Defining the FT Design Career Framework
At the Financial Times, the design team has gone through substantial growth within the last year with a lot of new designers joining the team. Offering them the possibility to have a fulfilling career is one of our top priorities and we believe that putting together a structure is the best way to support career progression.
We started with three principles in mind: Transparency, Nurturing Individuals, Fair compensation.
Introducing the 2 tracks and levels
We believe it’s important that everyone at the FT feels valued and confident about the next steps in their careers. This is why we introduced levels with clear descriptions, definitions and expectations. The framework that we delivered is a tool for everyone on the team to have a structured conversation with their managers and align on expectations on how to get to the next level in a transparent way.
Everyone is a different individual and we made sure we kept that well in mind when we worked on defining the different roles. We don’t expect people to “tick boxes”, we want them to feel empowered, and understand the opportunities available to them to improve their skills and make an impact. Having a framework in place is also a tool for managers to understand how they can support and create opportunities for the different people in their teams, according to their goals.
When reaching Senior Product Designer II, people have multiple progression paths; either as an individual contributor, or as a manager. People shouldn’t feel obliged to become a manager in order to have a larger impact, and progress in their career, this is why we have the dual track. Designers can follow the expert track and have a larger strategic impact on a set of products part of our “pillars”, and set the vision for the future of the FT. On the other side, managers take care of their teams’ health, make sure that the team members feel empowered and have the right opportunities. They also make sure that the right structure is in place, and continue to contribute to the vision of the team.
Horizontal moves are possible. We decided to split the track at the Senior Product Designer II level, because this is the crucial moment in your career where your focus starts to move towards making a bigger impact at the organisational level. We wanted to give the opportunity to embark on a journey without fully committing to it, so designers at that level can decide which skill sets they want to become experts in: having a bigger impact leading teams, or leading projects.
One of the principles of the FT is fair pay, to make sure that everyone at the same level receives adequate pay, within the same band. The new career framework supports this even better than before by introducing an increased granularity that better reflects the level of the individual. Pay ranges are known by designers per each level, and having more levels now available guarantees that designers are paid fairly according to the specific level they are at. We believe that being transparent on pay bands increases the confidence of everyone, and tackles pay inequality by making sure that there are no gaps in salaries based on background, gender, or any other characteristics apart from skills and performance. This is why we are also planning to make all pay bands transparent internally soon.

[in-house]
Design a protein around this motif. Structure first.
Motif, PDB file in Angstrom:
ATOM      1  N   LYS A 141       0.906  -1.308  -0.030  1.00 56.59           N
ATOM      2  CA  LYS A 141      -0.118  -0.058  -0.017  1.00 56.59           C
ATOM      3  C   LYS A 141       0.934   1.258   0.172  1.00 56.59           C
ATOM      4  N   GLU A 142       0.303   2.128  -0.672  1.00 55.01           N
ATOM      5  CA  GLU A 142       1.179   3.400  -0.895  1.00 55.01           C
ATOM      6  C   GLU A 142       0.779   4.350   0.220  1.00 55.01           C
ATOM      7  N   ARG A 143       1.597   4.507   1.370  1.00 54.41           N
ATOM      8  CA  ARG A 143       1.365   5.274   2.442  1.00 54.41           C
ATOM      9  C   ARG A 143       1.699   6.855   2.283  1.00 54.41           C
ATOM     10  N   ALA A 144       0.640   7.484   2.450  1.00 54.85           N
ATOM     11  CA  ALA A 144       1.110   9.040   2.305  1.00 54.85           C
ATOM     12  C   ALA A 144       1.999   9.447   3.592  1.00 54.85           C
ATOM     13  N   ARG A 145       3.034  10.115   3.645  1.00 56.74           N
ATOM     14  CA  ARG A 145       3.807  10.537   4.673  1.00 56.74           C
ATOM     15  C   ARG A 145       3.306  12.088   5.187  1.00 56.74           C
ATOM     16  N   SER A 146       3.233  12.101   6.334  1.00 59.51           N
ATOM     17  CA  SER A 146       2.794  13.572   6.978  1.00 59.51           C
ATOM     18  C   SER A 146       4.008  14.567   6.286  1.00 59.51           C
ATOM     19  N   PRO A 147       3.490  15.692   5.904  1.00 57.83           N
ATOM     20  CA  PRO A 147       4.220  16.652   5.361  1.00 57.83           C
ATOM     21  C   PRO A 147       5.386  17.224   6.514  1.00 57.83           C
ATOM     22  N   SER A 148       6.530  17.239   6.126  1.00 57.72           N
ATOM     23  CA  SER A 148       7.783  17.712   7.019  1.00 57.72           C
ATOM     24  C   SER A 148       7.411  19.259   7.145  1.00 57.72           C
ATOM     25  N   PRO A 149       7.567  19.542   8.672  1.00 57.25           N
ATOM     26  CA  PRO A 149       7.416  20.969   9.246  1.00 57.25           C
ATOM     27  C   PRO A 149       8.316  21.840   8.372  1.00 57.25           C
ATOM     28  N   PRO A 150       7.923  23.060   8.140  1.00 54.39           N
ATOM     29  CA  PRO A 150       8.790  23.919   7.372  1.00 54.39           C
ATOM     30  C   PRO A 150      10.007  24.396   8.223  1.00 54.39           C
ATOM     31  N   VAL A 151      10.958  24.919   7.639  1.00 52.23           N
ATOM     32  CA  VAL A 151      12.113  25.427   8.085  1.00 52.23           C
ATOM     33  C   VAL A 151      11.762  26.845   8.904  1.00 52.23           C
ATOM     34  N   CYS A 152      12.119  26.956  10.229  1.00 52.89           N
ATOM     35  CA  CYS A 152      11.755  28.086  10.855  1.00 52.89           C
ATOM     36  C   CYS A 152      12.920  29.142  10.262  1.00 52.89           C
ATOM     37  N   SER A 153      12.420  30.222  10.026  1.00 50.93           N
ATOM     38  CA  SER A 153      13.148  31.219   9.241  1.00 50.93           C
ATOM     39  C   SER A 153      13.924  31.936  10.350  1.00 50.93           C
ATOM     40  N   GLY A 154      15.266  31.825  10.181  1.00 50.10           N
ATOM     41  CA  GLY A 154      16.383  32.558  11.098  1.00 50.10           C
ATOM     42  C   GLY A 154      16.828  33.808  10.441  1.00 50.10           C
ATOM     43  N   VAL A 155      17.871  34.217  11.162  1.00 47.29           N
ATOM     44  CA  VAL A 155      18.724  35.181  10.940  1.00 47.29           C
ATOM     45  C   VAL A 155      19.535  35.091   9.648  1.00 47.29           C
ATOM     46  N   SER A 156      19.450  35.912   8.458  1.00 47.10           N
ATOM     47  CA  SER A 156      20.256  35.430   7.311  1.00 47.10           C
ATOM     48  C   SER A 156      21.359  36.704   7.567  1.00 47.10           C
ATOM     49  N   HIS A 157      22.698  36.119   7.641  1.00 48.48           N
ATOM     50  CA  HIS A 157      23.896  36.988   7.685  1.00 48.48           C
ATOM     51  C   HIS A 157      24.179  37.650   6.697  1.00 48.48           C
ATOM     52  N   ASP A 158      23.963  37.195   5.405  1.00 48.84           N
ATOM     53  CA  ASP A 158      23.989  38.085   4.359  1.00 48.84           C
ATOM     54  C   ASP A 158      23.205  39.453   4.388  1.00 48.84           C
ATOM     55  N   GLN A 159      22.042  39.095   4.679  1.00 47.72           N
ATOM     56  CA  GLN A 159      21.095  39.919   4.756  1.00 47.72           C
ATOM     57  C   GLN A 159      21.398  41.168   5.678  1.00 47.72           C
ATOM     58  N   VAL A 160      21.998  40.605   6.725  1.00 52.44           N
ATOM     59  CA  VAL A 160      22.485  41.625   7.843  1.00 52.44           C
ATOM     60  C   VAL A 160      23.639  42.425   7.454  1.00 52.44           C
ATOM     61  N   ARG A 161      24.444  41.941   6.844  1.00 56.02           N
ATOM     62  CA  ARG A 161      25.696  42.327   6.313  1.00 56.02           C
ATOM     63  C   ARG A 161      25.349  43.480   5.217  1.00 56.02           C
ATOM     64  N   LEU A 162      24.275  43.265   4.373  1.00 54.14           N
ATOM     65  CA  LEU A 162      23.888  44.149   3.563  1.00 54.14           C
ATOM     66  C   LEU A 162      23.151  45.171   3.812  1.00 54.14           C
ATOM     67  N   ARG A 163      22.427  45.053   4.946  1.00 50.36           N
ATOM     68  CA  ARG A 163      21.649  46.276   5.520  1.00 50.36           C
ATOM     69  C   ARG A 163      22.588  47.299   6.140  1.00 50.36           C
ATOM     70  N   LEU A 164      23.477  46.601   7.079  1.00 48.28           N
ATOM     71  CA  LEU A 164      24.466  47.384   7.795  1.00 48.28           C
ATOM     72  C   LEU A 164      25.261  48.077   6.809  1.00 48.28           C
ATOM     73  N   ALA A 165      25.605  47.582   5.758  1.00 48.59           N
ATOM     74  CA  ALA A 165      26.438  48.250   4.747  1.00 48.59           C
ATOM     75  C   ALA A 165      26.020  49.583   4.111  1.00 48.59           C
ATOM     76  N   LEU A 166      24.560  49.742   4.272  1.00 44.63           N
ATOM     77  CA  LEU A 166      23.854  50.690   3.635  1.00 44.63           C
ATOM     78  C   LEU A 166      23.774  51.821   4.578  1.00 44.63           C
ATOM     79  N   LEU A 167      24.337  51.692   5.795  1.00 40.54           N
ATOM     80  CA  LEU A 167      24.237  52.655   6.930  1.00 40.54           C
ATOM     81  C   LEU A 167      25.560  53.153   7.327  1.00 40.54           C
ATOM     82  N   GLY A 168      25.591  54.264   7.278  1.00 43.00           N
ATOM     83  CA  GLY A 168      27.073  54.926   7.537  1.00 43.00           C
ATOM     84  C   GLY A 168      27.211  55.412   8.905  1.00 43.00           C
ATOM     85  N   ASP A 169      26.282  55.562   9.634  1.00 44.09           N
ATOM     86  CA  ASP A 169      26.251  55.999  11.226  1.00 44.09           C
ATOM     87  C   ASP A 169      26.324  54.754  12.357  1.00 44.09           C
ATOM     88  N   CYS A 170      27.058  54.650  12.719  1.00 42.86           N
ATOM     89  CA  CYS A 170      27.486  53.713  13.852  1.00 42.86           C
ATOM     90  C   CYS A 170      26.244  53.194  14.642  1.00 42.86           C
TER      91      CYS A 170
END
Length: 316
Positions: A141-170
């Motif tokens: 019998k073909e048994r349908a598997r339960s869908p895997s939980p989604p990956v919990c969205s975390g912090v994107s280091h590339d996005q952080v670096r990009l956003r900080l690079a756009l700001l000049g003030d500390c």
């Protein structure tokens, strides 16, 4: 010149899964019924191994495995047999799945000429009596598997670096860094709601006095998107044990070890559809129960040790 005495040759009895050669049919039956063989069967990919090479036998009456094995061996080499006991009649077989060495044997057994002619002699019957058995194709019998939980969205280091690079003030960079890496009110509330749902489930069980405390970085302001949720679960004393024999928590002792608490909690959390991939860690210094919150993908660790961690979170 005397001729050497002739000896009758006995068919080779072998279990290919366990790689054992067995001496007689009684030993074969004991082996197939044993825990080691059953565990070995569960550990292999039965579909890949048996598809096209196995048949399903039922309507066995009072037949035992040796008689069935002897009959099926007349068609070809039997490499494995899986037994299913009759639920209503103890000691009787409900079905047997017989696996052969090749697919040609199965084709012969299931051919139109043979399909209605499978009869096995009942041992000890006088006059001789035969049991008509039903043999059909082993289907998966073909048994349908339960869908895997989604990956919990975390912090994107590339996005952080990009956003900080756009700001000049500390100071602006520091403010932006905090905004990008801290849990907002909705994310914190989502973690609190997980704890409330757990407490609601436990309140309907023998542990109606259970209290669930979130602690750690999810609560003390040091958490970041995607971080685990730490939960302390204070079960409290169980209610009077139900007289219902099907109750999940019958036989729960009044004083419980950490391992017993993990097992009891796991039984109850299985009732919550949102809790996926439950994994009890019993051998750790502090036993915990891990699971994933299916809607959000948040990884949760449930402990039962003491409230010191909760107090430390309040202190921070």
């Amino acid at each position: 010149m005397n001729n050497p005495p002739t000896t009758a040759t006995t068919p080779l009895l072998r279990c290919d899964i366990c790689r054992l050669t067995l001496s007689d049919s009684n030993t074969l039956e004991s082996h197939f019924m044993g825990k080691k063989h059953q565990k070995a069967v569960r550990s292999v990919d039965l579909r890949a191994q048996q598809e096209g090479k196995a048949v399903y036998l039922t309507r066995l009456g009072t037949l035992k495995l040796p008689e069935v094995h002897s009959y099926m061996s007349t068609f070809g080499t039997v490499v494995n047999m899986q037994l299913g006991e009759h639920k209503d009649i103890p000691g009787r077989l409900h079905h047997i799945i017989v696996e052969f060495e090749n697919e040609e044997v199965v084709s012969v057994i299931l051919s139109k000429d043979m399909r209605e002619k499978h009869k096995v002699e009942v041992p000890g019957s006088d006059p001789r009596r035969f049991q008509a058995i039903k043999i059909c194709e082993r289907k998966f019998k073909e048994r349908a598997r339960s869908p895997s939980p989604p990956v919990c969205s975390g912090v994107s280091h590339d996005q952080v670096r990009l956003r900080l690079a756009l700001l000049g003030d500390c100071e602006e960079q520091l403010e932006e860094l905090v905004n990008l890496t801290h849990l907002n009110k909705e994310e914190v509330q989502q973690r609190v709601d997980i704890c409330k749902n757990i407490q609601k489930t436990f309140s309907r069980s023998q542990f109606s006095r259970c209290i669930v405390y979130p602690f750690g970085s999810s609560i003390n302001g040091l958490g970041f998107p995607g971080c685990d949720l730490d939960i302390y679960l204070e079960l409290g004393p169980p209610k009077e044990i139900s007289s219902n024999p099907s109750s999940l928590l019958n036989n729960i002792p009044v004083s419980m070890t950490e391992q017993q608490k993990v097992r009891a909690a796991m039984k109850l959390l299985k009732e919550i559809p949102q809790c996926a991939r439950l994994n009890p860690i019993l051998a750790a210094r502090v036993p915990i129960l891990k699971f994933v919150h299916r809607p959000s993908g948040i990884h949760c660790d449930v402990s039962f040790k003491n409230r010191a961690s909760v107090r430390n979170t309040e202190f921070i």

We believe that being transparent on pay also plays an important role in hiring, as new designers can be assured that there will be no gaps in salaries compared to other people on the team at the same level.
We want to hire the best talent and being transparent also challenges us to frequently review our pay bands to make sure we stay competitive on the market.
What we expect going forward
Start the conversation early
Having visibility on the career framework means also that people at a more junior level understand how their career can evolve, and allows them to have career conversations early. This is particularly important because it allows managers to help them find the right opportunities to improve the skills they want to focus on. Nurturing individuals and supporting their personal development is very important for us, and having the right structure in place enables everyone to pursue their ideal career path and feel inspired.
We believe that all this will enable designers to constantly find new challenges, reflect more on themselves, and ultimately learn more. We know that working in a nurturing environment increases retention drastically, and we want our designers to feel like they are constantly growing and there are always new opportunities for them to explore. Flexibility is also key. We don’t expect designers early in their career to know already which way they want to go. Everyone is different, and having the possibility to explore more about what a design career can offer can be very exciting.
Being clear on what we expect from people at different levels means also that team members are clear about the impact that they can have on the organisation. This leads to having more honest conversations with their managers in order to understand how they can give meaningful contribution to the FT and increase the level of impact that they can have.
Becoming a more design mature organisation
Last but not the least, having this structure in place contributes to becoming a more design mature organisation. Making levels official, and describing the impact that our designers have contribute ultimately to being more aware of what design can offer to the FT, and to becoming more user-centered.
Thanks to the team who worked on putting together this framework, we think we now have something solid that will make a great contribution to the design organisation at the FT. We can’t wait to see the results!
Credits to Carmen Brion, Caroline Lambert, Luke Griffiths, Sarah Parker, and Chris Belmore.